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Bowey another step closer to playing for Caps


Bowey another step closer to playing for Caps

The Kelowna Rockets of the Western Hockey League have produced their share of NHL defensemen over the years, from Josh Gorges and Shea Weber to Luke Schenn and Duncan Keith.

None of those blue liners played in more games (259), scored more goals (58) or produced more points (172) than Capitals top defensive prospect Madison Bowey did in his four years in the lakeside town of Kelowna, British Columbia.

“You hope eventually he’ll be a top four defenseman for us,” Capitals assistant general manager Ross Mahoney said during last week’s development camp at Kettler Capitals Iceplex. “It’s all a process and we’ll see how it works for him.”

“Is Madison the next John Carlson?” Hershey Bears coach Troy Mann asked rhetorically. “We hope so.”

Since taking Bowey in the second round of the 2013 NHL draft (53rd overall), the Caps could not have mapped out a better plan for the 20-year-old blue liner from Winnipeg.

In his first season with Kelowna after being drafted Bowey set a Rockets record for goals by a defenseman with 21. Last season he won a gold medal for Canada in the World Junior Championships and captained Kelowna to the WHL title and the championship game of the 2015 Memorial Cup, where the Rockets lost to the Oshawa Generals 2-1 in overtime.

“It kind of gave me a taste of losing a little bit and it doesn’t feel good at all,” Bowey said of his Memorial Cup experience. “But besides that, it gave me a chance to play at a high level against some of the top teams in Canada for my age group.”

Including regular season, playoff and tournament play, Bowey played in 84 games last season and 86 the year before.

“That’s a lot of hockey,” Capitals assistant coach Todd Reirden said. “But you can see how much he’s grown in that time.”


Bowey, who stands 6-foot-1, has beefed up from 195 pounds in his draft year to 210 pounds. He said he’d like to be in the 210-215-pound range in his first pro season, which is likely to begin with the Bears in September.

“He’s a lot stronger than the guy we drafted,” Mahoney said. “If you go back and look at some of those pictures from draft day and then you look at him now, he’s starting to turn from a young adult into a man. Madison has progressed really well. He’s had a couple excellent seasons since we drafted him.”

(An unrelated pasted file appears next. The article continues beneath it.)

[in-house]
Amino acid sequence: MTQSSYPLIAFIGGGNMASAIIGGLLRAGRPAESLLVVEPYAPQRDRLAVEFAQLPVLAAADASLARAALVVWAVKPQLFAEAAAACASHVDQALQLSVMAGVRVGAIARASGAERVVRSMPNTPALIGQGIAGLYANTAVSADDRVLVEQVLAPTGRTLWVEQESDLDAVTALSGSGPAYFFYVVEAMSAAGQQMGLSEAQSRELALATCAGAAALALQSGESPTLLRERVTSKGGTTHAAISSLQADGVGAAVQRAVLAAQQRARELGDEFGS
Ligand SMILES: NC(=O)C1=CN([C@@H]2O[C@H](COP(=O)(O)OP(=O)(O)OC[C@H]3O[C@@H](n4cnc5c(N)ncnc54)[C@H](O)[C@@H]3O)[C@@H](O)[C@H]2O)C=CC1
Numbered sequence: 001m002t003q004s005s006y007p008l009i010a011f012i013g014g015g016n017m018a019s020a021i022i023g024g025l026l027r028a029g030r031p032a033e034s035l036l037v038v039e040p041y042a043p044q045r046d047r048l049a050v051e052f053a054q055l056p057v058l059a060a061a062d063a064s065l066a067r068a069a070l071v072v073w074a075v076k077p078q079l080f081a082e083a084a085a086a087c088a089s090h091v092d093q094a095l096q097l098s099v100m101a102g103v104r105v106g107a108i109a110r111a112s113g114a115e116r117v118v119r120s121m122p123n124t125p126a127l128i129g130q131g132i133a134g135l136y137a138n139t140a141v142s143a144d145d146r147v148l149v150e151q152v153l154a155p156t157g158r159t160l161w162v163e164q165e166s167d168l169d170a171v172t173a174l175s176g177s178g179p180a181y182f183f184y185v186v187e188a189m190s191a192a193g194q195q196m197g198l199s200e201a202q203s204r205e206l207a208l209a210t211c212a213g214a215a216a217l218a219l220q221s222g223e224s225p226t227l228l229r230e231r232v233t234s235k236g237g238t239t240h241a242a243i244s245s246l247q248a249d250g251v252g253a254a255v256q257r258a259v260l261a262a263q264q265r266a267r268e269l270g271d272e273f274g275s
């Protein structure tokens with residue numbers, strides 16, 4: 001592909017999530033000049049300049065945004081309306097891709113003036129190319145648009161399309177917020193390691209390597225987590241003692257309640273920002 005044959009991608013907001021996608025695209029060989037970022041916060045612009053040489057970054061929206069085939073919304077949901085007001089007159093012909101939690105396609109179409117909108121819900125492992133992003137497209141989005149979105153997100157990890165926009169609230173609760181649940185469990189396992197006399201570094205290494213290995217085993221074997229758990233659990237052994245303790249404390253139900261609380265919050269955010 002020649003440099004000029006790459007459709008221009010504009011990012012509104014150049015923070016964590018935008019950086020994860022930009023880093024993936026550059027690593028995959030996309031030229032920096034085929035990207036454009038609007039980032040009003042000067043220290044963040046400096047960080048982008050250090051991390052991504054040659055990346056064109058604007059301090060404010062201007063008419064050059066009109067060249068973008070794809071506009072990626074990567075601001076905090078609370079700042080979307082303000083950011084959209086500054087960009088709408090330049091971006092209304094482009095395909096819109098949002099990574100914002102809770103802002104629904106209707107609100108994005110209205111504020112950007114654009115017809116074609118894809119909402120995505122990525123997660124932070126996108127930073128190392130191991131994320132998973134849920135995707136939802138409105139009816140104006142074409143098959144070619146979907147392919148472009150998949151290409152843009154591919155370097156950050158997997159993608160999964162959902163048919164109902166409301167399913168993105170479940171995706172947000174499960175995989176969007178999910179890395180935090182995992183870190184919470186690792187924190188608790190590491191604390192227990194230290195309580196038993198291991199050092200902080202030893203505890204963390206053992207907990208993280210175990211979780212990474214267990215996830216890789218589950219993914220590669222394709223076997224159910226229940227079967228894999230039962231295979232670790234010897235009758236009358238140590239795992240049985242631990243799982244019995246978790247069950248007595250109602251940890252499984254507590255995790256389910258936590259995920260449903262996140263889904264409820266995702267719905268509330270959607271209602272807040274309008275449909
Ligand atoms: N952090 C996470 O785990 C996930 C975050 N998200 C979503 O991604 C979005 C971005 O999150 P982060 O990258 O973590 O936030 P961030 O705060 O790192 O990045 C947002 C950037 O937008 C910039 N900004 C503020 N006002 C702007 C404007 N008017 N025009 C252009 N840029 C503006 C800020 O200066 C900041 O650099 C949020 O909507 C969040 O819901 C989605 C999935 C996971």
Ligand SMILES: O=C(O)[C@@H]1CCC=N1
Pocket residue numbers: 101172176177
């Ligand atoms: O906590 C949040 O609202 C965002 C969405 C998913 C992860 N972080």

Reirden pointed out that when defensemen log the kind of minutes Bowey skated in Kelowna, they tend to make more risky plays, knowing they have the speed and talent to erase mistakes. Bowey said his greatest attributes are his skating and his ability to make a good first pass and he’s working on simplifying his game at the pro level.

“In junior you can get away with trying to do too much and making those mistakes,” he said. “But as I played in the World Junior tournament and the Memorial Cup, you’ve got to really limit your mistakes and really make the simple play.

“You know what? Playing in those tournaments really taught me a lot about making that first pass and not looking off my option when I see a play to make. All week (at development camp) that’s something I tried to do and I think that’s huge in the pro game, especially as a defenseman. You want to give up a limited amount of chances at your own net and try to make the most of the offensive chances at the other end.”

Bowey said he needs to be a little more physical in the defensive zone and close on forwards quicker, two areas he said he will work on this summer when he resumes workouts.

Mahoney and Mann said the real challenge for the organization will come at training camp, where Bowey’s skill set could entice the Caps’ coaching staff to re-route Bowey from a scheduled stop in the AHL to a direct trip to the NHL.

“We’ve always said we’d rather overcook them than undercook them,” Mahoney said. “That’s part of what the American League is, it’s a developmental league. It’s a lot easier to go down there and play a lot of minutes and get the instruction you need and learn from your mistakes and make sure you’re ready to step in and contribute in the NHL.

“There’s a danger when you rush players into the NHL too quickly and we do have a veteran defense, so we’re fine with being patient with our younger players and make sure they’re ready to step up and contribute.”

The Capitals took a similar approach with Carlson and Karl Alzner, who played parts of two seasons (2008-10) in Hershey before playing full-time with the Caps.

“I think we’re going to have to be patient with him to some degree,” Mann said. “It’s not an easy position to play and we could potentially have up to three rookie defensemen (Tyler Lewington, Christian Djoos).

“It’s not ideal off the hop, but Bowey will certainly get that first opportunity. He’s going to play some power play. (Bears assistant coach) Bryan Helmer had a great career (as a defenseman) and I think he’s a great mentor.

“There’s going to be some deficiencies defensively that we’re going to need to work on, but he’s got a great pedigree, almost like a John Carlson-type coming in for us. If you look back at Carly, who I had in Hershey as an assistant coach, to me Bows is in that same category. We’re not going to push him, but we’ll see how far we can take him this year.

“They’re both right shots, both big bodies. I see a difference in his makeup in terms of his physicality. He’s becoming more of a man. The American League is not an easy league and he’s going to have his challenges, but I think if we work with him all year. …

“Is he a call-up guy? We’ll see. It just takes time for defensemen. We’ve got our work cut out for us but we’re up t the challenge.”

Bowey, who will be paid to play hockey for the first time in his career, said he is as well.

“Obviously, this is a dream come true for me,” he said. “The real business all starts now. Every time I step on the ice now I can’t take a night off or a shift off. That’s what the pros are all about and I’m really excited about get going.”



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This Caps Stanley Cup tattoo has everyone's beat


This Caps Stanley Cup tattoo has everyone's beat

Since the Washington Capitals won the Stanley Cup for the first time over one month ago, Caps fans, (and players), have rushed to their local tattoo parlor to get some ink commemorating the win.

We've seen the classic Capitals logo with the Stanley Cup, but nothing that comes close to the masterpiece that is Shane Peacher's tattoo.